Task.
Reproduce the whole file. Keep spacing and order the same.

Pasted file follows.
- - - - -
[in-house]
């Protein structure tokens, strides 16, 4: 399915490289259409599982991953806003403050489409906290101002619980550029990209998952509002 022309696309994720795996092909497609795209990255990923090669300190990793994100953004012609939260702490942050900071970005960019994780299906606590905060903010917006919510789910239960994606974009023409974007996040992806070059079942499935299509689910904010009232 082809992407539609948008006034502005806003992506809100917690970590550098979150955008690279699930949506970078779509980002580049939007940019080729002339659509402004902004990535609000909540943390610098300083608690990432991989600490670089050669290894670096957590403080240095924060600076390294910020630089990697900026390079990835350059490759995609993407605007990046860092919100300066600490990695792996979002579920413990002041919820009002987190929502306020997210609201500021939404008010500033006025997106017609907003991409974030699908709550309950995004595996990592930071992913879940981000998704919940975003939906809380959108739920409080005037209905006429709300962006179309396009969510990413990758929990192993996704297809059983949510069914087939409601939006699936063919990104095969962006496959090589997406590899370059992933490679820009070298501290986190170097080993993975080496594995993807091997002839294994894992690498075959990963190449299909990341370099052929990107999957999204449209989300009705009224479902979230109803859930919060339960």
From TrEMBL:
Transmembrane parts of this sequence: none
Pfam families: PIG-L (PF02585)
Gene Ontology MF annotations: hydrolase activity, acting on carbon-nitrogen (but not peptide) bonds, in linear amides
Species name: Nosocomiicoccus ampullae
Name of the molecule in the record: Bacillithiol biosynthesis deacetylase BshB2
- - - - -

[in-house]
């Protein structure tokens, strides 16, 4: 399915490289259409599982991953806003403050489409906290101002619980550029990209998952509002 022309696309994720795996092909497609795209990255990923090669300190990793994100953004012609939260702490942050900071970005960019994780299906606590905060903010917006919510789910239960994606974009023409974007996040992806070059079942499935299509689910904010009232 082809992407539609948008006034502005806003992506809100917690970590550098979150955008690279699930949506970078779509980002580049939007940019080729002339659509402004902004990535609000909540943390610098300083608690990432991989600490670089050669290894670096957590403080240095924060600076390294910020630089990697900026390079990835350059490759995609993407605007990046860092919100300066600490990695792996979002579920413990002041919820009002987190929502306020997210609201500021939404008010500033006025997106017609907003991409974030699908709550309950995004595996990592930071992913879940981000998704919940975003939906809380959108739920409080005037209905006429709300962006179309396009969510990413990758929990192993996704297809059983949510069914087939409601939006699936063919990104095969962006496959090589997406590899370059992933490679820009070298501290986190170097080993993975080496594995993807091997002839294994894992690498075959990963190449299909990341370099052929990107999957999204449209989300009705009224479902979230109803859930919060339960």
From TrEMBL:
Transmembrane parts of this sequence: none
Pfam families: PIG-L (PF02585)
Gene Ontology MF annotations: hydrolase activity, acting on carbon-nitrogen (but not peptide) bonds, in linear amides
Species name: Nosocomiicoccus ampullae
Name of the molecule in the record: Bacillithiol biosynthesis deacetylase BshB2